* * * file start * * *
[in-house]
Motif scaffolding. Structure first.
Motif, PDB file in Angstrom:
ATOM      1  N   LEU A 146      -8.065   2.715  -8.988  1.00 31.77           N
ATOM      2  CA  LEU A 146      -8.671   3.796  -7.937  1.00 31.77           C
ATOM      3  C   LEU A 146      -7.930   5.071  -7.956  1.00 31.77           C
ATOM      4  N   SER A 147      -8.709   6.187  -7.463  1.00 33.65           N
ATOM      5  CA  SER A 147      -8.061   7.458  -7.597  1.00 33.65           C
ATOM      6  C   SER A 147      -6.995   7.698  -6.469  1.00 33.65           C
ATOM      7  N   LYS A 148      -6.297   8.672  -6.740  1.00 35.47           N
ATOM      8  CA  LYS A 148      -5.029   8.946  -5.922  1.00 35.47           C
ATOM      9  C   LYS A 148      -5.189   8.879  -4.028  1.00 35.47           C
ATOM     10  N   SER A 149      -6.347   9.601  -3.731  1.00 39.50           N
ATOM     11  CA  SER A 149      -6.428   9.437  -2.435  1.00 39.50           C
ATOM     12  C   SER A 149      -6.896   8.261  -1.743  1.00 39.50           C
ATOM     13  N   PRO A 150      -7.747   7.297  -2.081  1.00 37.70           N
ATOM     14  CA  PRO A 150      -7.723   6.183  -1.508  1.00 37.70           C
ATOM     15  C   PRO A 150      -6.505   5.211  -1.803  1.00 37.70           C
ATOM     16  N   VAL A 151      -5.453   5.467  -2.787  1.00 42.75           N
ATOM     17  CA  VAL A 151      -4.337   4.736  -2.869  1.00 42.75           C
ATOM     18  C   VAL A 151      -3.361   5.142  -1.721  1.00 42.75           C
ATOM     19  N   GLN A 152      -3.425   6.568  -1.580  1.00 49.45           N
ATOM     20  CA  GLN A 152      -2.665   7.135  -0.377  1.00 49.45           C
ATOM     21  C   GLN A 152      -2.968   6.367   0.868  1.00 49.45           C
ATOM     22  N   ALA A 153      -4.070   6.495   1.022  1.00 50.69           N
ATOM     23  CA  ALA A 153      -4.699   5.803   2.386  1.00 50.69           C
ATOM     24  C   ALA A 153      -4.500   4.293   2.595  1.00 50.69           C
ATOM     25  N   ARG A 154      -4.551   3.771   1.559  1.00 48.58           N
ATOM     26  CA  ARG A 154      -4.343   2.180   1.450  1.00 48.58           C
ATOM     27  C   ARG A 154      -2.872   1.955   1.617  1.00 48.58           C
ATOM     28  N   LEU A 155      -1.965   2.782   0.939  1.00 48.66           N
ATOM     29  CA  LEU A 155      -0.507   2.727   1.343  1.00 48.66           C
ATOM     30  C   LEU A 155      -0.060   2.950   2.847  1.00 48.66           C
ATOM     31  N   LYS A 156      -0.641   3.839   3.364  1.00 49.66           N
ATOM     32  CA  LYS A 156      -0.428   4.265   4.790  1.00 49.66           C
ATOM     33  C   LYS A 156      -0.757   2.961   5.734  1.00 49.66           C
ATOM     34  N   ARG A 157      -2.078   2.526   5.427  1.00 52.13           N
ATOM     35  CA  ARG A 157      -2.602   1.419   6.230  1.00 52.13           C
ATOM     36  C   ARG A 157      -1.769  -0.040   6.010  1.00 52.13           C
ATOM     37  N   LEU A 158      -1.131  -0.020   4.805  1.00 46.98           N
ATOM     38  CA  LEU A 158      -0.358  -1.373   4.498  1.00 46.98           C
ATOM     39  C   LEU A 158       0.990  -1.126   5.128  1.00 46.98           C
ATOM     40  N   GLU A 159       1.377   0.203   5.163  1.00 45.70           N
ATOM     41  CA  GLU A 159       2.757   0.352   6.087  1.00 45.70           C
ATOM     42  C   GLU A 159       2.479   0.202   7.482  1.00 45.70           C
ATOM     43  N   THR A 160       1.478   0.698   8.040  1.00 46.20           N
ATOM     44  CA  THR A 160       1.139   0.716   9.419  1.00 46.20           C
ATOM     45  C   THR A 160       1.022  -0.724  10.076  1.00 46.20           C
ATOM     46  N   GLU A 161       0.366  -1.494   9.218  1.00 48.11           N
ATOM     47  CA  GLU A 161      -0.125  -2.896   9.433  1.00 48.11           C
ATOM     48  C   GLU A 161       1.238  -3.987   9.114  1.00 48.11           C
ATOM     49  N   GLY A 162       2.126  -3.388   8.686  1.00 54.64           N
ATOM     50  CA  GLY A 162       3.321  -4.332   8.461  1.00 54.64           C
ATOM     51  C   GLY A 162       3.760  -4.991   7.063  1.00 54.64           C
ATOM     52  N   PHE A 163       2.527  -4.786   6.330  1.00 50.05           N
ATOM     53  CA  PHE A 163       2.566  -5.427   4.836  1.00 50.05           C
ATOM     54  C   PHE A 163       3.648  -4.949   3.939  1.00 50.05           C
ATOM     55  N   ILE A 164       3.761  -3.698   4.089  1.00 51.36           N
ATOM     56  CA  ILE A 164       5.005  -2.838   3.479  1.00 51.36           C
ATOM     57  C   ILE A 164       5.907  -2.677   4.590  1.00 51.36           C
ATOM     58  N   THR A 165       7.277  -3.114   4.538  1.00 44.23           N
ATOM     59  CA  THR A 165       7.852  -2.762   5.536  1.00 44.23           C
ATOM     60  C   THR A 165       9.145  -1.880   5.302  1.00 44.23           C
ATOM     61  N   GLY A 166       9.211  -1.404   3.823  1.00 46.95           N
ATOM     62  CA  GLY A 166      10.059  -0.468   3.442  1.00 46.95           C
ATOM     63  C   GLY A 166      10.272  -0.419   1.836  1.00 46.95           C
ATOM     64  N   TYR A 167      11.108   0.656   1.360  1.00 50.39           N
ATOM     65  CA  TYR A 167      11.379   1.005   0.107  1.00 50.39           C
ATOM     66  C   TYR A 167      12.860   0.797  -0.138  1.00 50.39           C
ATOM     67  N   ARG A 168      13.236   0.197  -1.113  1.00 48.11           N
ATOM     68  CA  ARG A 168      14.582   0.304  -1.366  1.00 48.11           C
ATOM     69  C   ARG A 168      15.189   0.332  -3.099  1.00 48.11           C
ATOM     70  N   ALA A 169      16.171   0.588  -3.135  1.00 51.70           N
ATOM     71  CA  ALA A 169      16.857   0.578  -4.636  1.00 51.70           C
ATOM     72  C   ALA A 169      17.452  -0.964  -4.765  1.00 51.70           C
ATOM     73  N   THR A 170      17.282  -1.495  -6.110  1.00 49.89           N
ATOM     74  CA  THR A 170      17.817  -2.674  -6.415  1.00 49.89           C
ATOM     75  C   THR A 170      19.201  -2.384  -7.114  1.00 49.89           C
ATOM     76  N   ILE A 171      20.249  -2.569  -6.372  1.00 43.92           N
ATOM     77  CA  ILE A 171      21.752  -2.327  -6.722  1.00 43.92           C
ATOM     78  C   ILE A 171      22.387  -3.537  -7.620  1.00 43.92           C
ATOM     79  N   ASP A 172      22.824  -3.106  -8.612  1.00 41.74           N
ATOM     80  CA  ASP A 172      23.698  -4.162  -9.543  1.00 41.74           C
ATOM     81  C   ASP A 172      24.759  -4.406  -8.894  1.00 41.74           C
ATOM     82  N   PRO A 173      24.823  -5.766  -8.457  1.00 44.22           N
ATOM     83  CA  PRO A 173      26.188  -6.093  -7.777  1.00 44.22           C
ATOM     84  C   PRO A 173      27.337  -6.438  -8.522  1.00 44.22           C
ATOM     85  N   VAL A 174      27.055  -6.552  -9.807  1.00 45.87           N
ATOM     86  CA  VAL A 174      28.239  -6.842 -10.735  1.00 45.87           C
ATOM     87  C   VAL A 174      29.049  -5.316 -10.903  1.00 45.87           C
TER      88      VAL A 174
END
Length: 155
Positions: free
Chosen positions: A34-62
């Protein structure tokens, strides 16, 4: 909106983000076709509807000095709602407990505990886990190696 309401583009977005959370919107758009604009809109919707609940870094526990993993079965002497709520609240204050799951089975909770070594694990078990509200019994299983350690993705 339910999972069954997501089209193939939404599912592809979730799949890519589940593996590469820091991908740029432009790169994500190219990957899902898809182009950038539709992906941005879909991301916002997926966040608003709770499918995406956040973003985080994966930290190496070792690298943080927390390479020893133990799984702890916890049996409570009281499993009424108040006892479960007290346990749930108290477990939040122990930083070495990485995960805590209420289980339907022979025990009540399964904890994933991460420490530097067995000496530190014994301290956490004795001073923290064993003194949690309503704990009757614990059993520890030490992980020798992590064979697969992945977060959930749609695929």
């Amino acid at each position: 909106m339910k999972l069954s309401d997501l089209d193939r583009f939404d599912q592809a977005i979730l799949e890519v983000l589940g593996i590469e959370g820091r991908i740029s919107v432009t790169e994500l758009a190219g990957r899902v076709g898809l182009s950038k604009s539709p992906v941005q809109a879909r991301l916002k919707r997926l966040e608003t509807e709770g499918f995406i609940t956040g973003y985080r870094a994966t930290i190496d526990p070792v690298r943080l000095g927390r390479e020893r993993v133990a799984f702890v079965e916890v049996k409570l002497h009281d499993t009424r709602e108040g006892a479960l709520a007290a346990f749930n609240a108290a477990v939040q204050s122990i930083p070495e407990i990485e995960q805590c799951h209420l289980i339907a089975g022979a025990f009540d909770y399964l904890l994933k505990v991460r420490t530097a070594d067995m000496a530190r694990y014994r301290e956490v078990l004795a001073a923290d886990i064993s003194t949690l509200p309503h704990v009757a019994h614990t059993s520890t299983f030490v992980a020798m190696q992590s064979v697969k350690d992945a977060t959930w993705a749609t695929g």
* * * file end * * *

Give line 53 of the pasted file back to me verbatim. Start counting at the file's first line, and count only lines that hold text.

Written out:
ATOM     50  CA  GLY A 162       3.321  -4.332   8.461  1.00 54.64           C